Upper School Curriculum
What follows are a brief overview and a detailed outline of my curricular goals for Upper School Drama at The Haverford School. (Upper School at Haverford consists of grades 9 through 12.) There is no grade-by-grade sequence because Upper School Drama consists mostly of coursework which students may take in any year, although of course some work is sequential in nature. The goals are arranged not sequentially but logically, by main subject area, with no hierarchical relationship between main headings implied. It is expected that every lesson taught will address a number of different points on the outline simultaneously. Where specific skills, activities or subgoals appear more than once, this is because they address more than one main goal. (This curriculum is really best understood as a three-dimensional web of interrelated skills.)
This Upper School curriculum describes our goals for our program, but in some areas does not describe the reality of our current program. It should be looked at as an ideal to aspire to. It is my hope that it will help The Haverford School program to grow, but it is included here in the hope that it will help teachers establish programs in Dramatic Arts in other schools.This curriculum is designed to meet the requirements of the Goals 2000 National Standards for Arts Education, but its structure is more closely modeled on the "Essential Elements" of the Texas Theatre Arts Curriculum, which is a well accepted model of a working elementary level dramatic arts curriculum. (Texas is the only state that mandates drama education in its public schools.) The National Standards focus mainly on performance skills, while the Texas curriculum is much more process-oriented. The Haverford School curriculum is a balance of the two, meeting the requirements of both but stressing the more developmentally appropriate process-oriented approach. It will be clear, however, that as the students grow older, the focus shifts more and more towards formal theatre, as students' needs and development change.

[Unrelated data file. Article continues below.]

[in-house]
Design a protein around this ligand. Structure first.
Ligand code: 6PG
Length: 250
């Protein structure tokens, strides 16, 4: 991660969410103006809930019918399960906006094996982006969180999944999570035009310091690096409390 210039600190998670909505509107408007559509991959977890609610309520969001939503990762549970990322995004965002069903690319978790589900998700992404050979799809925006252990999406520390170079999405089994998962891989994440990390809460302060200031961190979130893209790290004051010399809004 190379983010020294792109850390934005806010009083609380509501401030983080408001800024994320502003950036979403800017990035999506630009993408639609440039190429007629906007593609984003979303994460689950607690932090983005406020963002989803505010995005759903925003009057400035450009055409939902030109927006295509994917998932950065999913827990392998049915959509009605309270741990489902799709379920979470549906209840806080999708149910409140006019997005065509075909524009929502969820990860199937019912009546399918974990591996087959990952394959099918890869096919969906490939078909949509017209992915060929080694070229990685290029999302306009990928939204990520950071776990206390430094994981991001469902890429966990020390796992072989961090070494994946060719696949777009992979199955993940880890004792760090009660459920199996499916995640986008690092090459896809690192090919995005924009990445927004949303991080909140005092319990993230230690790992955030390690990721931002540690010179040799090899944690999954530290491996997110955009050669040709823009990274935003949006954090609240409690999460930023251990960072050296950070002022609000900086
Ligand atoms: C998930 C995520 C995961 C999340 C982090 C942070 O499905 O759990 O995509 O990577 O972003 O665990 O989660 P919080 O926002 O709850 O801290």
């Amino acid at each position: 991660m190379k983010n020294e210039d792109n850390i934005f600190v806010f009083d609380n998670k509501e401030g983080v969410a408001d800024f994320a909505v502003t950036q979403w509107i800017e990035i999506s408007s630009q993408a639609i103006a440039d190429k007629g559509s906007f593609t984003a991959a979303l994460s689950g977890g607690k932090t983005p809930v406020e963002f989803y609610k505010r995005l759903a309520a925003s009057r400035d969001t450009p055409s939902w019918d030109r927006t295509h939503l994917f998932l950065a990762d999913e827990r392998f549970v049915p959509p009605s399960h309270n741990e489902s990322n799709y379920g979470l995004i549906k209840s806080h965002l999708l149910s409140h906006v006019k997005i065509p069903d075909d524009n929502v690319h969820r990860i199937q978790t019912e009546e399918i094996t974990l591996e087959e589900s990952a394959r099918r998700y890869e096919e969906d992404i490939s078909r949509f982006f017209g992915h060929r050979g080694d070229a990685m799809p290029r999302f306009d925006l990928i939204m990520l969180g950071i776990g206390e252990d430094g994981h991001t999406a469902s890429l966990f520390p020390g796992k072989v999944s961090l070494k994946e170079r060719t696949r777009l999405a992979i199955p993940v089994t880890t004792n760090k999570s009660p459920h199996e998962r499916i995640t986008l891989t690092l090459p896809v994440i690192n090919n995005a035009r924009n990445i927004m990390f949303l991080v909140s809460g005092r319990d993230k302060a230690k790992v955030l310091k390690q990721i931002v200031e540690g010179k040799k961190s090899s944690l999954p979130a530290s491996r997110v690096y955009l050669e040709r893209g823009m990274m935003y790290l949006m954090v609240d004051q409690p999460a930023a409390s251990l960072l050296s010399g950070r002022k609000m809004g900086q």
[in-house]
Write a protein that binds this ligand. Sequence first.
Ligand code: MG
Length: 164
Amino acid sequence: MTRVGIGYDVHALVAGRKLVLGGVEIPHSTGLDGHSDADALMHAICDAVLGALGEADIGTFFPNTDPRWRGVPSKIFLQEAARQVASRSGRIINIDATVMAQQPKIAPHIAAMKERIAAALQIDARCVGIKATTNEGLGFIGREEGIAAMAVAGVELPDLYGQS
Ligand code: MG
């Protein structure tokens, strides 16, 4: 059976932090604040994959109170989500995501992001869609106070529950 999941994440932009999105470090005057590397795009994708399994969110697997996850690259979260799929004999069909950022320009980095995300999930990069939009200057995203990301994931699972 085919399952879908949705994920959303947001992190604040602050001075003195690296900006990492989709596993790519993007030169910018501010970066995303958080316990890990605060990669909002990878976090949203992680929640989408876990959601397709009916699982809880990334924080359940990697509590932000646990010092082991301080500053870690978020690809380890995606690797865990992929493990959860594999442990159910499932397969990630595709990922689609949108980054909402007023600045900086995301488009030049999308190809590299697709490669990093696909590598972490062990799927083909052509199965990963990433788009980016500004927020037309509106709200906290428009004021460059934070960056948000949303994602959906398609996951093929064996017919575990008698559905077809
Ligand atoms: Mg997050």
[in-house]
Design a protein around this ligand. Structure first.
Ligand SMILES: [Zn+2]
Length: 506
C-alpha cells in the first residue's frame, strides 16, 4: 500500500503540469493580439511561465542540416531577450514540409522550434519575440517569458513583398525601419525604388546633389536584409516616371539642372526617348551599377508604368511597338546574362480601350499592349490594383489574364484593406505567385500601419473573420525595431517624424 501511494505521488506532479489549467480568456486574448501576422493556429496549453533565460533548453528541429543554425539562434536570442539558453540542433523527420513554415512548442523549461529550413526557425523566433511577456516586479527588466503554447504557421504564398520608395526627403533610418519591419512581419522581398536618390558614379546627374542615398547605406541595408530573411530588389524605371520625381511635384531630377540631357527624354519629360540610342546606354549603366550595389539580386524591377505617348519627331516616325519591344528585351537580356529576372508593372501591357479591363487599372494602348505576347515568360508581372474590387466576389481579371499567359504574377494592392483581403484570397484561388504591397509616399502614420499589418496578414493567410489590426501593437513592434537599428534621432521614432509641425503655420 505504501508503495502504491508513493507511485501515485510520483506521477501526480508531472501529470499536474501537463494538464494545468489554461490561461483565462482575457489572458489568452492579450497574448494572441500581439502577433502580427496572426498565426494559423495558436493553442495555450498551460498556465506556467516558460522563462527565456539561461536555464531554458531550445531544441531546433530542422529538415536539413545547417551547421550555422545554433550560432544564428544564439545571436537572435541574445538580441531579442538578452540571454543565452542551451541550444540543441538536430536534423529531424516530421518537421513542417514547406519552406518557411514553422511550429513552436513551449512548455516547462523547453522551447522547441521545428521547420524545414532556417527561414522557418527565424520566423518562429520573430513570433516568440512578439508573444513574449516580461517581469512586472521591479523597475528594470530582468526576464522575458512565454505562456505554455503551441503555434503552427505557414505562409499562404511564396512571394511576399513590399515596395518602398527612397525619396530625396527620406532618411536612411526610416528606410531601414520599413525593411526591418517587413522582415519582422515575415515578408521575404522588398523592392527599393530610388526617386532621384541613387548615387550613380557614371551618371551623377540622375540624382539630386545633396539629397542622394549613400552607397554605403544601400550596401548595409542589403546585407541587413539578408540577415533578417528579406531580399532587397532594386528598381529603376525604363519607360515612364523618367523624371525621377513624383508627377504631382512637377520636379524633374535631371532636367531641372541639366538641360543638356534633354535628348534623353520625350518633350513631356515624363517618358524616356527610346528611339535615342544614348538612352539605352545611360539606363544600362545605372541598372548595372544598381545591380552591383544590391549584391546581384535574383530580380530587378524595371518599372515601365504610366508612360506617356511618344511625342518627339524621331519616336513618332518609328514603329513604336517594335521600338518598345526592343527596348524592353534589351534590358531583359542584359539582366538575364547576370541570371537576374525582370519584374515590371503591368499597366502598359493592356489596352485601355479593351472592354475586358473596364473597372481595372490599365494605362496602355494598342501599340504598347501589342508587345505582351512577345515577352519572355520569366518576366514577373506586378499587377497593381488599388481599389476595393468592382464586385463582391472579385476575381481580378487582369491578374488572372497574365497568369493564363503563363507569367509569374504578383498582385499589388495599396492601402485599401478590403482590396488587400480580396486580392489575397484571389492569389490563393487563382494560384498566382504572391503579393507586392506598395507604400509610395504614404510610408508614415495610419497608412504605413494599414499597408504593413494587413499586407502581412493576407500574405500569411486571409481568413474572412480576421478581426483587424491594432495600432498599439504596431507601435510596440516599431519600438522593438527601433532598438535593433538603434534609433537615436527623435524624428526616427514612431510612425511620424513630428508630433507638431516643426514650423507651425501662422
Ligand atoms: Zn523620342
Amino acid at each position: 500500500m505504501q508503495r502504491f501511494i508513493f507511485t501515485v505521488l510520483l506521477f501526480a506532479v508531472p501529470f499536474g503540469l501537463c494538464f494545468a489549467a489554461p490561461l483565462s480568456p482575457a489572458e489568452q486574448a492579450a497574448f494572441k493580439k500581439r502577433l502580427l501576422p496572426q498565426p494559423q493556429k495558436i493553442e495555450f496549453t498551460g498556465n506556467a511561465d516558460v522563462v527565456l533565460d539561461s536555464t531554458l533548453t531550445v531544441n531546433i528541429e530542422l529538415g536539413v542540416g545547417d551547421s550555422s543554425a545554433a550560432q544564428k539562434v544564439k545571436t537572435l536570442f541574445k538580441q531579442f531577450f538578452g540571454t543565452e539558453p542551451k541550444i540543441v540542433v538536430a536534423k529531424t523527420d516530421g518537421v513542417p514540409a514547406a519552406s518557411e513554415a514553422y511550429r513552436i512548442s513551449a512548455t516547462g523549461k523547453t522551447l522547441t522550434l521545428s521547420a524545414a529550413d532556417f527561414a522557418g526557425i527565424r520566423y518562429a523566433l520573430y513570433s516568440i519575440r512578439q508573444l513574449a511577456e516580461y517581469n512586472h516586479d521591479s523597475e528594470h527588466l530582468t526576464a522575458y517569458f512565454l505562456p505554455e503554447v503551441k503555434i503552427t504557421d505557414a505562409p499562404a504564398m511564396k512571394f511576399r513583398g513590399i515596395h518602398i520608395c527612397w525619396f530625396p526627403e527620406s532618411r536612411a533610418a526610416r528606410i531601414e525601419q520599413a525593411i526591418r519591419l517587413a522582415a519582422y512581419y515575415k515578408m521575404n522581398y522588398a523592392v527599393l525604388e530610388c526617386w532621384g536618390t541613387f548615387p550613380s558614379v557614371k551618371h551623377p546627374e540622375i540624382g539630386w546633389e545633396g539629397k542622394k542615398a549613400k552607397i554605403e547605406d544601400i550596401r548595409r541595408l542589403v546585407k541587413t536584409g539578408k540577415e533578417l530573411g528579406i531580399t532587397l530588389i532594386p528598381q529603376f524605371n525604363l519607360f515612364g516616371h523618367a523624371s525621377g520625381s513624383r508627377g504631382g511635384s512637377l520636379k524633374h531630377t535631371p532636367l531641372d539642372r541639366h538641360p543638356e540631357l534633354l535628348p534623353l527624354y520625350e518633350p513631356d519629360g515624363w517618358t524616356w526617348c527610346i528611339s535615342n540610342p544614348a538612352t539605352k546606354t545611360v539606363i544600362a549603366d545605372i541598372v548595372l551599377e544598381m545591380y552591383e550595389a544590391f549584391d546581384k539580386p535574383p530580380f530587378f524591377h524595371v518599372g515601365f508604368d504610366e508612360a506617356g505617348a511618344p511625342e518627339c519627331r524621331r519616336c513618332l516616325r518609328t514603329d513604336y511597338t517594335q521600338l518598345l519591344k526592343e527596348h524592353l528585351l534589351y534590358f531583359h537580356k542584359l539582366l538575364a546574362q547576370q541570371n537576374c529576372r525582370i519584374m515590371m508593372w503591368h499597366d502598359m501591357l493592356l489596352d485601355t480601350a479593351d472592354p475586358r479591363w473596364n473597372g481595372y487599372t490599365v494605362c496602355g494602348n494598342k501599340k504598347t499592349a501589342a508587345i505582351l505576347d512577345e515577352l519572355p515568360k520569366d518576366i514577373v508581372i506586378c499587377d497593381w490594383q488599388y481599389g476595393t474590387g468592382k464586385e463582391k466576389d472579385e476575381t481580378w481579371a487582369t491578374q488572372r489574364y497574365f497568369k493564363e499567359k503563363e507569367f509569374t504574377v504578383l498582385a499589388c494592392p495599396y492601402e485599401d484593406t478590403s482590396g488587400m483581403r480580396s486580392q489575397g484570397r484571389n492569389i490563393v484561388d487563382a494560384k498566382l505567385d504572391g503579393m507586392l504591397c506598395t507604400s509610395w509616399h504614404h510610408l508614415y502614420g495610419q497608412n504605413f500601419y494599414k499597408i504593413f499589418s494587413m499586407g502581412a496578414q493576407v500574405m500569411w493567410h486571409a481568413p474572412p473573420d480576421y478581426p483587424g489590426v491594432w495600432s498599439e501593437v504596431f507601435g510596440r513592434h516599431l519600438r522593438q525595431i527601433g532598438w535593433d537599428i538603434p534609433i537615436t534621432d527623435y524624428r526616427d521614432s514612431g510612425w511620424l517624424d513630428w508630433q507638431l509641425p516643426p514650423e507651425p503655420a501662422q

This curriculum addresses four basic domains of learning: Psychomotor--developing perceptual and expressive skills and techniques; Cognitive--assimilating knowledge and developing higher order thinking skills; Affective--cultivating positive attitudes towards art and the discipline or are, and about themselves in relation to art; and Aesthetic--deriving pleasure from a combination of senses, emotions, intellect, philosophy, imagination and spirit.
At the Upper School level, both the Texas and the Federal standards recognize a "standard" or "general" level of proficiency--which is the level of experience all students ought to have--and an "advanced" level. This curriculum also contains elements which are designated as "advanced." Ideally, every student ought to learn the material not considered advanced, and the "advanced" elements should be available to those who choose to seriously pursue the Theatre. In this curriculum "advanced" is not meant to imply anything about the general academic talents of the students--it is assumed that all Haverford School students are capably of doing "advanced' work. Rather, the "advanced" curriculum is intended for those who choose to focus on drama. In the overview and outline, "advanced" elements are printed in red.Back to top of Introduction.
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